How Do I Find a Good Lawyer I Can Trust?
Easy (-er said that done, but still easy to give you the sure-fire directions).
In my opinion, after more than 20 years in practice:
- Be reasonable, be decent. If you are mentally ill or so self-absorbed that you expect the world to revolve around you, if you refuse to acknowledge and suffer the faults and culpability of you and your fellow man, if you are so bitter that you cannot even remember—let alone believe in—sweet, you can never be satisfied, you can never accept reality. “To argue with a man who has renounced the use and authority of reason, and whose philosophy consists in holding humanity in contempt, is like administering medicine to the dead, or endeavoring to convert an atheist by scripture.” (Thomas Paine) Be prepared generally to pay high prices for high quality. There may be a brilliant, skilled, tenacious lawyer out there who works for free or cheap, but that’s highly unlikely. To do well your lawyer must be paid well.
- Since you almost certainly glossed over #2, I’ll reiterate it because it’s “an inconvenient truth,” but an inescapable truth: Be prepared to pay a high price for high quality. There may be a brilliant, skilled, tenacious lawyer out there who works for free or cheap, but that’s highly unlikely. To do well your lawyer must be paid well. There really are no shortcuts. You almost certainly cannot escape paying through the nose for high-quality legal services. The effort it takes to find the independently wealthy family lawyer who practices law out of the goodness of his/her heart is not worth the wasted effort and time. You’ll have an easier time finding Sasquatch. THAT STATE, HOWEVER, high fees aren’t synonymous with good. Plenty of attorneys have learned that trick—charge high fees to give the impression you’re good—and plenty of people fall for it. Don’t you be one of them. Remember: buy cheap, pay twice, and you never regret paying for quality. Once you have come to terms with the fact that high-quality legal services require a high price (or at least a higher price than you first expected to pay):
- Educate yourself on what makes a good lawyer a good lawyer. To learn this accurately, find and speak with a retired lawyer or judge or two or three or four whom you can trust (lawyers, even former lawyers who were former judges, are frequently very insincere and/or apathetic people, so make sure you speak with retired lawyers and judges who aren’t beholden to the profession anymore, who actually care about you, and who can give you an honest opinion). Once you know what to look for in a great lawyer, you won’t waste your time and effort searching in the wrong places. Finally, ask these trusted retired lawyers and judges who the lawyer are that they trust.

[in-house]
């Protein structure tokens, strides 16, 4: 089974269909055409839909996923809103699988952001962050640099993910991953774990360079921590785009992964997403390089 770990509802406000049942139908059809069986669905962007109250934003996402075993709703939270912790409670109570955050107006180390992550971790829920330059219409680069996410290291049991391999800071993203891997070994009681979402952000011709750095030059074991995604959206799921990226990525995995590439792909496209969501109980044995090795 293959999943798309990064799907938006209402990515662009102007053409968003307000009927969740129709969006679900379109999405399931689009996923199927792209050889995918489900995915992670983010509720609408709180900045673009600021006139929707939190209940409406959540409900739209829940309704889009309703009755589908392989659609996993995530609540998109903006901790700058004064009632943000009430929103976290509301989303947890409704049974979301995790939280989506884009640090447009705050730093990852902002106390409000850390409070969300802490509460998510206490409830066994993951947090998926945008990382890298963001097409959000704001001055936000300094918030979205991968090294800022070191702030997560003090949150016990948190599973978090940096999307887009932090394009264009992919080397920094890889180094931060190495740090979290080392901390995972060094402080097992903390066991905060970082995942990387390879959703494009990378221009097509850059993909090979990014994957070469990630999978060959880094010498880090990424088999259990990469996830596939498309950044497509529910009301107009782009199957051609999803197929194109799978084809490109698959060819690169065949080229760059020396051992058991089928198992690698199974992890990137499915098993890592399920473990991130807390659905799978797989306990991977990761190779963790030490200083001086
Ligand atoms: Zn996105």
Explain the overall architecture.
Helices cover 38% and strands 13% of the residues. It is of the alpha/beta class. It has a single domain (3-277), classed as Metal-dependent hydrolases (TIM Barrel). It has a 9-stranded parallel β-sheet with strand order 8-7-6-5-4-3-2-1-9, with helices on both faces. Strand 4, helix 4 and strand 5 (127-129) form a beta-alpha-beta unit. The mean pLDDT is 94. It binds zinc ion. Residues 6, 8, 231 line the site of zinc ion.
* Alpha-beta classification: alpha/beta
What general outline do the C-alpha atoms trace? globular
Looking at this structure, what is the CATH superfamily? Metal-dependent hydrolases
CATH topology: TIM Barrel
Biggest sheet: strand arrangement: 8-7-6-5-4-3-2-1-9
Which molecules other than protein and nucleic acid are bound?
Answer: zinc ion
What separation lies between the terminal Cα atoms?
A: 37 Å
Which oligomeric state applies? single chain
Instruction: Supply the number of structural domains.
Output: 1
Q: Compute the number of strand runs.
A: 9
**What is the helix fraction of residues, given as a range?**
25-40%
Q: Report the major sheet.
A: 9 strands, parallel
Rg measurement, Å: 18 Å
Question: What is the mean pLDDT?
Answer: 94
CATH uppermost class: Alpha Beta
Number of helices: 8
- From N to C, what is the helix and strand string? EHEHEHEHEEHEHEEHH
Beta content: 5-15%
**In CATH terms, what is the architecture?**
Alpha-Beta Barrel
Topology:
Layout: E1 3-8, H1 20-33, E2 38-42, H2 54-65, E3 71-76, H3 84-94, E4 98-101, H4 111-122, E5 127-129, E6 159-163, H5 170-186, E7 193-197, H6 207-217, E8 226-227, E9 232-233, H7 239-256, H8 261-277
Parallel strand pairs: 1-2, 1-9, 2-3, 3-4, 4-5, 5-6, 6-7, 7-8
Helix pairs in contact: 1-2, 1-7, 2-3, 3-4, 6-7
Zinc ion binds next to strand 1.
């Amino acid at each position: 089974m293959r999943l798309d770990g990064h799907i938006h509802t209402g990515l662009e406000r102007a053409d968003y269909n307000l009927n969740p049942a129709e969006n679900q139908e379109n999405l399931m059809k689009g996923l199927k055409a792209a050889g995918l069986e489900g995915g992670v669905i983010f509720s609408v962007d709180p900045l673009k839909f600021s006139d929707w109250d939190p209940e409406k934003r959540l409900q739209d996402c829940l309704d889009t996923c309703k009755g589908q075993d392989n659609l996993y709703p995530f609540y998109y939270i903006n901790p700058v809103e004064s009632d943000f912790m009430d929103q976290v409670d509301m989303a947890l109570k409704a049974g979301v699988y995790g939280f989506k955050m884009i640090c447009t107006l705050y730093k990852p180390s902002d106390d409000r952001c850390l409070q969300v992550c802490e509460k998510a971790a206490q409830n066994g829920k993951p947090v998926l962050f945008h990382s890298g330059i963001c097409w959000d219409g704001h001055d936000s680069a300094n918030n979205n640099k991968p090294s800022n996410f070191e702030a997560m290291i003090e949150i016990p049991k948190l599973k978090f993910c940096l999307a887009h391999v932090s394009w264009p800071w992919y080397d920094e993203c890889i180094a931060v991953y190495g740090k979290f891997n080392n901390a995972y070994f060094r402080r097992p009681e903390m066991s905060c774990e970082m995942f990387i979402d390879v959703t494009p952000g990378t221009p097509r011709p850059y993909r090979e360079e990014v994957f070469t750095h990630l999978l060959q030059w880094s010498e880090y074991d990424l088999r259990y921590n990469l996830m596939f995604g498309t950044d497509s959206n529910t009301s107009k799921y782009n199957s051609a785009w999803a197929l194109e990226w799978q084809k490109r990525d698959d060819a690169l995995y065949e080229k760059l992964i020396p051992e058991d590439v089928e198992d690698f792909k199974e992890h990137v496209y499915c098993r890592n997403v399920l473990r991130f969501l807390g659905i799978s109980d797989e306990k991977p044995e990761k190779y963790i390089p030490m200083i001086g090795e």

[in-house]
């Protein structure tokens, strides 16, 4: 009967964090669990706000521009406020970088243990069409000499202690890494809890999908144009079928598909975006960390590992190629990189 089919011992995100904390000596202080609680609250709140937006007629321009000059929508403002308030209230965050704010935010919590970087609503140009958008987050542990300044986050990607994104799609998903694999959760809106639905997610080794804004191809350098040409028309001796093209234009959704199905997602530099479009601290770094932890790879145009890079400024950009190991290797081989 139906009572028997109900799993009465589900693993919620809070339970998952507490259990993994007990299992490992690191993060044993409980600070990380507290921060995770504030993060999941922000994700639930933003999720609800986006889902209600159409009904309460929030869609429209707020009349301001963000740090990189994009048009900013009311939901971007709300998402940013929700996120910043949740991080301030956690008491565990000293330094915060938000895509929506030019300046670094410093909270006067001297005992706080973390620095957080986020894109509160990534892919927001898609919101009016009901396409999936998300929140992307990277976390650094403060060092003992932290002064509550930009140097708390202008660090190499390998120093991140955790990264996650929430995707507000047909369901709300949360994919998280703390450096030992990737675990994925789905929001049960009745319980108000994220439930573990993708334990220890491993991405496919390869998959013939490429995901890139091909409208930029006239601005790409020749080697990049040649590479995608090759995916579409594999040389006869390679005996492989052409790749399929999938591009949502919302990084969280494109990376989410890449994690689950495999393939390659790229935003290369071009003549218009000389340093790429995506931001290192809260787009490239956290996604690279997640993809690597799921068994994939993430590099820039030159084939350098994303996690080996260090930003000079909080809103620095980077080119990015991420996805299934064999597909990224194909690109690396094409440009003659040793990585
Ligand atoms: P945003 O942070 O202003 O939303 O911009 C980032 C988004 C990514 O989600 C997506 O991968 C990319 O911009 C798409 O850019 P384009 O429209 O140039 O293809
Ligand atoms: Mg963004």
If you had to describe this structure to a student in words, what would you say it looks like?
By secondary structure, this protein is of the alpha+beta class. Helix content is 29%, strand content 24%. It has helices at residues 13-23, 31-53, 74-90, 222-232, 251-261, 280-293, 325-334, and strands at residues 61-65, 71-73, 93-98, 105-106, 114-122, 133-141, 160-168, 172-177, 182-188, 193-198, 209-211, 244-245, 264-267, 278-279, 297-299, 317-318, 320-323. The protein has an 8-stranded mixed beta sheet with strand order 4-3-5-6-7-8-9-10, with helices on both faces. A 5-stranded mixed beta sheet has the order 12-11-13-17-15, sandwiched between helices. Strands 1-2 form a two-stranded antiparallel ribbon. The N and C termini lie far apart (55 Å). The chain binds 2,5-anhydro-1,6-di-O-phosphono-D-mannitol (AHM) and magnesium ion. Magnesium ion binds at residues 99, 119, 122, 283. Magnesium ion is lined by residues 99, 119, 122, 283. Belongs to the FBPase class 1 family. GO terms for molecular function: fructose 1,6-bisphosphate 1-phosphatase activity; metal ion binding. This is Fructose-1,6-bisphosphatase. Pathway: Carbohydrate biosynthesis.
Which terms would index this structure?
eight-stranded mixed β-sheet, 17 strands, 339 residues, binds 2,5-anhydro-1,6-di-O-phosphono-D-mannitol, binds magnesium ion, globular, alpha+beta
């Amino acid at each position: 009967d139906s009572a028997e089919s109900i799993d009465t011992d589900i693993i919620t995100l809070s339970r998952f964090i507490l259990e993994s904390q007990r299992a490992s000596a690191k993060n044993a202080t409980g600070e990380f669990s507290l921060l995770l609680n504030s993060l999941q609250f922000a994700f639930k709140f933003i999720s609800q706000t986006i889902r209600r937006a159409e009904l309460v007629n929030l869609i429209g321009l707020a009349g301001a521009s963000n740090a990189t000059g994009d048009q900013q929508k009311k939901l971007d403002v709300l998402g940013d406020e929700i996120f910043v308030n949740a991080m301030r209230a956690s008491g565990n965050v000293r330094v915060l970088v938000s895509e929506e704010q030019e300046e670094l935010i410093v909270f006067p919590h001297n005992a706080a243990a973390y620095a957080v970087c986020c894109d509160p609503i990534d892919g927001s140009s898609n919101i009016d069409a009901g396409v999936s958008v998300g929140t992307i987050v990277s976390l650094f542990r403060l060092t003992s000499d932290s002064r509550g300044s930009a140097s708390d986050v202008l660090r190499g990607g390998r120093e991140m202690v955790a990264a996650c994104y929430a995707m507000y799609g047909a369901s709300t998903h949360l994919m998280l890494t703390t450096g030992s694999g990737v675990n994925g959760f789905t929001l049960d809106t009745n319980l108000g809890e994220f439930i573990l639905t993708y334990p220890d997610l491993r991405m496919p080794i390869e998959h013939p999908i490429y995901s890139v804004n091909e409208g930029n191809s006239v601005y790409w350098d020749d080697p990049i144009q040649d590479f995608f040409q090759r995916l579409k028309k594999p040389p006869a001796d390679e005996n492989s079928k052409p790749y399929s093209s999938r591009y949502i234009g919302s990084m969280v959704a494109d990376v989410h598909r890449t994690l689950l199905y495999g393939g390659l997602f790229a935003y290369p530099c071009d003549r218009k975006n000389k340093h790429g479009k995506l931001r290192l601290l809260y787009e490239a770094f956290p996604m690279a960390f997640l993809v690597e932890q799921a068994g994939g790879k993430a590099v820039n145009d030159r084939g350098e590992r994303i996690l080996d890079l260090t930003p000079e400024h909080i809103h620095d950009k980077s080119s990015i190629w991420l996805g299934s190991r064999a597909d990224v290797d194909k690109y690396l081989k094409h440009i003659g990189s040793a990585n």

- Good lawyers are smart.
- Good lawyers are usually experienced.
- Good lawyers are tough. They don’t take any crap from anyone, including their clients.
- Good lawyers are fearless.
- Good lawyers are honest with you and with the court.
- Good lawyers care about justice and equity.
- Good lawyers exercise good judgment.
- Good lawyers are resourceful.
- Good lawyers know their limits and the limits of the legal system (see #4 below).
- Good lawyers have the courage to level with their clients about their chances of obtaining what their clients desire.
- Good lawyers provide an honest day’s labor for an honest day’s pay.
- Unscrupulous lawyers can be surprisingly—even shockingly—effective, but they cannot be trusted in the long run. He who will lie for you will lie to you (old Bosnian proverb). Don’t give in to the temptation to hire an unscrupulous lawyer. There is more to life than winning your case and losing your soul in the bargain.
- Interview not two, not 5, but at least 10 different attorneys to find the right one. Old ones, young ones, expensive ones, less expensive ones. Men, women, vets, non-vets. Democrats, Republicans. Mexicans, Vietnamese, Lebanese. Sample a lot. The biggest problem people have in finding the right lawyer for them is that they fail to search enough for the right lawyer.
- Do not lie to your lawyer. Lying to your lawyer in the belief that somehow the lawyer can “launder” your lies into believable ideas or even facts is not merely wrong, it’s a fantasy.
- Know going in that even after you hire a good lawyer, your case will require a substantial amount of your own blood, sweat, and tears to ensure your lawyer is as effective as he/she can be.
- Acquire and accept realistic expectations of your lawyer and the legal system. The legal system is, by and large, well-designed but poorly implemented. The justice system is not all that just. I wish this weren’t true, but it is. Even the best lawyer cannot compensate for the mass and volume of mediocrity of the system. There may be nothing the law can do for you. If so, accept it and then spend your time, effort, and resources making the best of things despite the injustices—real and imagined—that you suffer in life. All happy people in this imperfect world have learned to do this, and you can too. There is more than one way to skin a cat.